“Frightened he fled for his life. When he reached Be’er Sheva… he left his servant there; he himself went a day’s journey into the wilderness. He came to a White Broom bush, sat down under it, and prayed for death. ‘Enough!’ he cried. ‘Now, O Hashem take my life, for I am no better than my fathers.’ He lay down and fell asleep under the White Broom bush. Suddenly an angel touched him and said, ‘Arise and eat.’ He looked about, and there, besides his head, was a cake baked on embers, and a pitcher of water. He ate and he drank, and lay down again. The angel of Hashem came a second time and touched him, saying, ‘Arise and eat; or the journey will be too much for you.’ He arose and ate and drank; and with the strength from that meal, he walked forty days and forty nights as far as the mountain of G-d at Chorev” (I Melachim 19:3-8).

Infusing Eliyahu with 40-day Continual Spiritual Nourishment
Just as the Rotem can go on burning for months without being relit so was Eliyahu able to continue to go on, without any other sustenance after having been imbued with the energy of the Rotem through sitting in its shade and ingesting a cake burned on its embers. Sleeping under the shade of the Rotem permeated him with endurance that comes with trust, and eating the cakes burned on its embers, strengthened his internal willpower to continue to burn with zeal for Hashem. This is similar to Yonah, whom Hashem fed Manna when he was suffering inside of the big fish. This was in order to teach Yonah the lesson of trusting in Hashem, which the daily gift of the heavenly Manna imparted (Rashi, Yonah 2:1, Old version). There are several parallels between Yonah and Eliyahu and a direct link between them, as Yonah was the boy Eliyahu revived (Torah Temima, Bereishit 49:13). Like Eliyahu, Yonah also was sheltered under the shade of a tree. In Yona’s case, it was a Castor oil tree, as its oil has the ability to purify and cleanse. Hashem possibly selected this tree in order to cleanse him of his desire to die. Likewise, the Rotem tree cured Eliyahu from his lack of life energy, despair and depression, by infusing him with its fiery resilient power.

Recharging Eliyahu with the Rotem’s Fiery Power
Eliyahu’s power was in fire. When he fought the prophets of the Ba’al he brought down fire from heaven (II Melachim 1:12). In the end, he himself ascended alive to heaven in the chariot of fire and horses of fire (II Melachim 2:11). Then everyone clearly saw that the fire from heaven permeated his soul and all of his limbs and organs. He was completely fire, and his zealotry was of fire. How did Eliyahu get his fiery power? When he escaped Achav and Izevel to the wilderness, he was devoid of any fire and passion in life. In fact, he was so depressed he wanted to die. Then Hashem designated the White Broom Bush for Eliyahu to lean on and recharge him with its fire. “He sat under a White Broom, slept under it, and ate a cake baked on [Rotem] embers.” Through this encounter with the Rotem, Eliyahu was not only cured from his despair and depression, the White Broom furthermore transferred its great inner fire of tenacity to Eliyahu and empowered him with so much vital energy that he proceeded for forty days and night on his mission to reach the mountain of G-d. The Weeping White Broom silently wishers to anyone who comes near it, “When the going gets tough, the tough get going” (Joseph P. Kennedy).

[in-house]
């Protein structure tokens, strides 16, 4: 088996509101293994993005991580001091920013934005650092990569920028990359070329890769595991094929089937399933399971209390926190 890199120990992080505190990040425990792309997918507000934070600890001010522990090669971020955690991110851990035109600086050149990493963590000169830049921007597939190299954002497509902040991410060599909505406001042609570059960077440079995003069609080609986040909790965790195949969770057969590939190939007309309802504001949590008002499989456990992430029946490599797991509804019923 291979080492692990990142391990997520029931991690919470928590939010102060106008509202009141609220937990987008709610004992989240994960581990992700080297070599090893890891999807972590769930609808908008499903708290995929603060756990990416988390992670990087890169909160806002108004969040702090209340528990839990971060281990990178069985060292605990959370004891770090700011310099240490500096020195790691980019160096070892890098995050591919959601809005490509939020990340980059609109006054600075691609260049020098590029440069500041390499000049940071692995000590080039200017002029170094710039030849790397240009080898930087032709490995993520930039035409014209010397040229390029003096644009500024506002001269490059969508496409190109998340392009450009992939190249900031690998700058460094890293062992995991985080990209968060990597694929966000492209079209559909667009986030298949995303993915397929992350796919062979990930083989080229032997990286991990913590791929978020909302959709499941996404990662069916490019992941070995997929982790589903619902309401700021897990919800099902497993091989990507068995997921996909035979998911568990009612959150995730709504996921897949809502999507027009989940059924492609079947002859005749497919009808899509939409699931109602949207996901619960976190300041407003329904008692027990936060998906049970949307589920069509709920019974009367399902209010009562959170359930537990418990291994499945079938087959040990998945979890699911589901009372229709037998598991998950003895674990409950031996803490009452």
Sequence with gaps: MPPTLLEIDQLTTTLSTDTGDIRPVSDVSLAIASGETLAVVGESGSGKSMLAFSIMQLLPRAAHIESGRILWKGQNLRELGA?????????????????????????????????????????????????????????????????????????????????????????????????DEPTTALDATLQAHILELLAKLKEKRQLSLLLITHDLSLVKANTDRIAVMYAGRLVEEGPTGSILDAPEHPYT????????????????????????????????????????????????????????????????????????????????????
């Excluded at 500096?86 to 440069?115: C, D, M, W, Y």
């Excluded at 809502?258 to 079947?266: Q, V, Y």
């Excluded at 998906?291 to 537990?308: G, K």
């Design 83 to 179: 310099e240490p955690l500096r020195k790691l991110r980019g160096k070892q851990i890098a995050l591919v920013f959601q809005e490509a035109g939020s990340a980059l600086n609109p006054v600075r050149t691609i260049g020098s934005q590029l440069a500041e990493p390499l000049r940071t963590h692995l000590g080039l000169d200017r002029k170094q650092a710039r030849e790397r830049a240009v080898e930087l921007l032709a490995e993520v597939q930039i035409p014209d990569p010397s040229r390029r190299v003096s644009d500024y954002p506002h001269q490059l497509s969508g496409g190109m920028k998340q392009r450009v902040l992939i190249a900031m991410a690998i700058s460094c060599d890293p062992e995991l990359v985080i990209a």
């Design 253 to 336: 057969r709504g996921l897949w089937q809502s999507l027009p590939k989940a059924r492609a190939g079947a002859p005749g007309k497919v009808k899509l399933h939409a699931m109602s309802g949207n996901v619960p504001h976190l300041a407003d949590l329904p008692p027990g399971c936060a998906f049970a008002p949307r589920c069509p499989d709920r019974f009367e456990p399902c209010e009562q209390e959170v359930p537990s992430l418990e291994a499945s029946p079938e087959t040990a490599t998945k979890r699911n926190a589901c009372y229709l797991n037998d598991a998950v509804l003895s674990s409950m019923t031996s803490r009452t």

Wednesday, July 8, 2015

The Cryptic Caper Bush

Nature in the Parasha - Parashat Pinchas
Delicate Fleeting Flower Flash with Steadfast Perseverance
Caper Flowers in Rebbetzin's Garden
Every summer I am dazzled by the exquisite elegant caper flowers with their stunning purple pistils enveloping them like daunting protective power plants. These exotic delicate flowers open their petals at the dusk of the cooling sundown summer evenings, for a tantalizing fleeting flash until the blazing late morning sun wilt away their elusive petals at the heart of day. During the growing peak of the year from fall to summer, when the Middle Eastern landscape bursts with flowery herbage, the latent caper plant stands silently dormant. A few dry sticks is all that remains of its former glory. Yet, during the scorching month of Tamuz (July) with the wilting sun-beaten yellowish scenery, the raw beauty of the striking caper flowers surprise us with their splendor. Not only are the caper flowers a delight for the eyes, the capers can be cured into a piquant delicacy served at the Shabbat table. For centuries, capers have been one of the most desired ingredients in the kitchens all around the Mediterranean basin. They are very high in powerful anti-oxidants, and contain a good amount of vitamin K, which promotes bone health and prevents excessive bleeding. Vitamin K also aids in cell growth, development of cartilage and the nervous system. Caper parts are used to relieve rheumatic pain in traditional medicine. In addition, the spicy caper pickles help relieve stomachache and flatulence. I always look forward to Parashat Pinchas, which mentions the capers by way of allusion. What serendipity that the peak of their growth here in Israel is synchronized with the parasha mentioning the daughters of Tzelafchad – meaning ‘sharp caper.’ The caper is indeed a plant with sharp thorns. This is why its Latin name is, ‘Capparis Spinosa’ – the latter meaning ‘thorn.’ I never planted any caper plants in my garden. They seem to have always been their smack in the middle of a large relatively leveled area, which we wanted to make into a nice grassy area to host large groups and celebrations. The thorny capers did not fit into our landscaping plan. With great effort, we uprooted the caper plants and moved them to the edge of our plot, where they never did very well, in the shade of our neighbor’s growing fig tree and our strangling crack grass. Yet, new caper plants keep popping up on undesired locations such as on the walkway from our studio apartment, scratching the legs of our poor tenant, who, awed by the magnificent sight of the caper flowers, didn’t dare to complain. The Torah is replete with interesting teachings and anecdotes about the caper plants. I am happy to share some of these with you.